By Bernie Woodall
(Reuters) – The U.S. Justice Department has opened an investigation into child sex abuse by priests in Pennsylvania, six Roman Catholic Church dioceses said on Thursday.
The investigation is the first statewide probe by federal authorities of allegations of sex abuse and cover-up by the Catholic Church in the United States, according to groups representing abuse victims.
The Church in Chile, Australia and Ireland is also reeling from crises involving sexual abuse of minors with surveys showing the scandal has eroded confidence in the Church and Pope.
The Pennsylvania dioceses said they had received federal subpoenas following a state grand jury report that alleged over 300 Catholic priests in Pennsylvania had sexually abused children over 70 years. The Associated Press first reported the Justice Department investigation on Thursday.
The dioceses of Allentown, Erie, Harrisburg, Philadelphia, Pittsburgh and Scranton said they were cooperating with the investigation but declined further comment.
The Justice Department and U.S. Attorney’s Office in Philadelphia declined to comment.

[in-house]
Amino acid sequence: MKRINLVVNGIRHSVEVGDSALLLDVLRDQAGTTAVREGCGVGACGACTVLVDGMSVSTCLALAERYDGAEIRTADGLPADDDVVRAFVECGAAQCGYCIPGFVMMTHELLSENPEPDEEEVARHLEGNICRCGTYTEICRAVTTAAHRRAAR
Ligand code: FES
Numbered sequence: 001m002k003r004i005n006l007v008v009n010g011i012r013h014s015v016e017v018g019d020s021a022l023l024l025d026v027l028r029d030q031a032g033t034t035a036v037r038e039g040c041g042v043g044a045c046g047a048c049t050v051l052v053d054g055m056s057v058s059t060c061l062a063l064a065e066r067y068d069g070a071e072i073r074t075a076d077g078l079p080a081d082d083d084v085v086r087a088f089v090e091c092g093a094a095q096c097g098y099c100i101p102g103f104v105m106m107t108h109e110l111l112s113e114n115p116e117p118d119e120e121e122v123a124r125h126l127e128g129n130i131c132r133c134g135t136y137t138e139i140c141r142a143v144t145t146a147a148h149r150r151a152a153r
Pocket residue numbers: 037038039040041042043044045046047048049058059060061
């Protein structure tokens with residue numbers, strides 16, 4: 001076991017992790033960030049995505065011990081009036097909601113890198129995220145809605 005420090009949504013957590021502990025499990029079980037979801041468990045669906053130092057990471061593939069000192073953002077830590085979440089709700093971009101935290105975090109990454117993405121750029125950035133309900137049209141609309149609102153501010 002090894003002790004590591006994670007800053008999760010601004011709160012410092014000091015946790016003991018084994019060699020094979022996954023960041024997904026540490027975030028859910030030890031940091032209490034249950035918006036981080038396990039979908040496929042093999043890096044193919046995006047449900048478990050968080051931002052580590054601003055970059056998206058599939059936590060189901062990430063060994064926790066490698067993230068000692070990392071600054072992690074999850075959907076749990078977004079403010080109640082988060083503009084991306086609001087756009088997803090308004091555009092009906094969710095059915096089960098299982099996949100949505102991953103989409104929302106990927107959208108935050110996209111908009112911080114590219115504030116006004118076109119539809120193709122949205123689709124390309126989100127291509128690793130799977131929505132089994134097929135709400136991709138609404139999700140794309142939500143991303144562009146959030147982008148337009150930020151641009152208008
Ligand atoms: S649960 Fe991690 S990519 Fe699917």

An 884-page report made public in August by Pennsylvania Attorney General Josh Shapiro after a two-year investigation contained graphic examples of children being groomed and sexually abused by clergymen. Shapiro said at the time that it was largely based on documents from secret archives kept by the dioceses, including handwritten confessions by priests.
The report cited 301 priests, some of whom have died.
Tim Lennon, president of Survivors Network of those Abused by Priests (SNAP), said the investigation was long overdue. Four statewide grand juries in Pennsylvania since 2003 identified around 500 alleged sexual predators among acting or former Catholic clergy, he said.
“In what other institution could you have 500 criminals and not be prosecuted?” asked Lennon, who said he was raped by a Catholic priest when he was a child.
Lennon said SNAP had asked the federal government three times since 2002 for a nationwide investigation of 15,000 active or retired Catholic clergy accused of being sexual predators.
“This is a first. Federal law enforcement has been awfully silent on the Catholic abuse problem, and it’s about time,” said Anne Barrett-Doyle, co-director of BishopAccountability.org, a U.S.-based resource center that tracks cases of clerical abuse worldwide.
She said the only other U.S. federal probe was of a bishop in Boston in the early 2000s.
In September, U.S. Catholic bishops said they would set up a hotline for accusations of sexual abuse against bishops and other church leaders, or allegations of cover ups by such people.
(Reporting by Bernie Woodall in Fort Lauderdale, Florida; Writing by Andrew Hay; Editing by Lisa Shumaker and Toni Reinhold)